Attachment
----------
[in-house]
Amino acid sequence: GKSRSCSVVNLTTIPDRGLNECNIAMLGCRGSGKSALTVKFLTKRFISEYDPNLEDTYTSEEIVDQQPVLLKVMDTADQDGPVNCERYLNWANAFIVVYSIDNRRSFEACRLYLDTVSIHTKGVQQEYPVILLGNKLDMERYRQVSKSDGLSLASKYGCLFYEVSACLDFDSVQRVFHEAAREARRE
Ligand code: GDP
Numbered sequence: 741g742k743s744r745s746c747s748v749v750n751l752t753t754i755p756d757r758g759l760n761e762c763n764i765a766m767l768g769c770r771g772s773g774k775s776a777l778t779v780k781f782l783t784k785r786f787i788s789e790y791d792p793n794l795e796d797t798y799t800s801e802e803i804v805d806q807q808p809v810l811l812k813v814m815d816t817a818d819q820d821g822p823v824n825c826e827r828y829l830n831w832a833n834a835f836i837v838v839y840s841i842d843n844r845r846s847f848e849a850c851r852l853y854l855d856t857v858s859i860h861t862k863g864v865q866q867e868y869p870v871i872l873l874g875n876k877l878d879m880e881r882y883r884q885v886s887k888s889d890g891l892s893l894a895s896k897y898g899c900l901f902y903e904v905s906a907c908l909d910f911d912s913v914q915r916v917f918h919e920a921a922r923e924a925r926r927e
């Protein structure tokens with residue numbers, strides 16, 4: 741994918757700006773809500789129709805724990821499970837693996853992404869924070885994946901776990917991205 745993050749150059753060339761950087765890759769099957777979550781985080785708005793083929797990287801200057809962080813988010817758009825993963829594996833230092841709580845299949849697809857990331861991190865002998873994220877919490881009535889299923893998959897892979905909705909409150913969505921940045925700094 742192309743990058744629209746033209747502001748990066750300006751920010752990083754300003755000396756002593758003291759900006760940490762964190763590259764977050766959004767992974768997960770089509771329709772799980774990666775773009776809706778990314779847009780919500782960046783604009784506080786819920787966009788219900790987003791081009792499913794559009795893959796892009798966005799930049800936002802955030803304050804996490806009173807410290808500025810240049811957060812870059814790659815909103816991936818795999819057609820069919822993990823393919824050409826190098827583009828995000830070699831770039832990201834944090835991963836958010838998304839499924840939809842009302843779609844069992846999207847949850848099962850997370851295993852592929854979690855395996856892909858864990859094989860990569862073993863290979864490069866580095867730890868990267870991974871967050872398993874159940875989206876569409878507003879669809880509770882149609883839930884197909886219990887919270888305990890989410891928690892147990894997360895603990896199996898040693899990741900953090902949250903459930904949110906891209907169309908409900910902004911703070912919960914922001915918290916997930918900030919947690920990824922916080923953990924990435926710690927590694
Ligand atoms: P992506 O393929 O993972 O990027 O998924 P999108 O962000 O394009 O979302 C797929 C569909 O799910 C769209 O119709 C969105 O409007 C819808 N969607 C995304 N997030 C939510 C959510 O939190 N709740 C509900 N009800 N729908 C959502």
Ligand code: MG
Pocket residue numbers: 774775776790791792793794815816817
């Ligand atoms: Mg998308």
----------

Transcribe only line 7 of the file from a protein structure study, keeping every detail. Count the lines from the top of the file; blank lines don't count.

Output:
Ligand code: MG